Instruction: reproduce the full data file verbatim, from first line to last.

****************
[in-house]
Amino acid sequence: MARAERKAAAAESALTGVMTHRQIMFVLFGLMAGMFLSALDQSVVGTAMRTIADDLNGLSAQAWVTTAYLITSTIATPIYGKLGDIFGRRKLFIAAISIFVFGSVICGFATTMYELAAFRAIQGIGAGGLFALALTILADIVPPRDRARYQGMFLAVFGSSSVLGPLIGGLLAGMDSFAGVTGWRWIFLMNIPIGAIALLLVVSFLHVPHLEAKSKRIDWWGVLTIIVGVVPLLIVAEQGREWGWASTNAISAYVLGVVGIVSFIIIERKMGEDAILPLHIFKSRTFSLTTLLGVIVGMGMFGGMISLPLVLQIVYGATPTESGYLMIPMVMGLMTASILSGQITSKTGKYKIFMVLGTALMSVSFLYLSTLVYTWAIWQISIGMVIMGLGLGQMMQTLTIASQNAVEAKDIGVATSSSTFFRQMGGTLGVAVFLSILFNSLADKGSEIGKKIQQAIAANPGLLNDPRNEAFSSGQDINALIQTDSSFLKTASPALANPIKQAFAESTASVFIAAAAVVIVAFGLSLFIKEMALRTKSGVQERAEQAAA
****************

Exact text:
[in-house]
Amino acid sequence: MARAERKAAAAESALTGVMTHRQIMFVLFGLMAGMFLSALDQSVVGTAMRTIADDLNGLSAQAWVTTAYLITSTIATPIYGKLGDIFGRRKLFIAAISIFVFGSVICGFATTMYELAAFRAIQGIGAGGLFALALTILADIVPPRDRARYQGMFLAVFGSSSVLGPLIGGLLAGMDSFAGVTGWRWIFLMNIPIGAIALLLVVSFLHVPHLEAKSKRIDWWGVLTIIVGVVPLLIVAEQGREWGWASTNAISAYVLGVVGIVSFIIIERKMGEDAILPLHIFKSRTFSLTTLLGVIVGMGMFGGMISLPLVLQIVYGATPTESGYLMIPMVMGLMTASILSGQITSKTGKYKIFMVLGTALMSVSFLYLSTLVYTWAIWQISIGMVIMGLGLGQMMQTLTIASQNAVEAKDIGVATSSSTFFRQMGGTLGVAVFLSILFNSLADKGSEIGKKIQQAIAANPGLLNDPRNEAFSSGQDINALIQTDSSFLKTASPALANPIKQAFAESTASVFIAAAAVVIVAFGLSLFIKEMALRTKSGVQERAEQAAA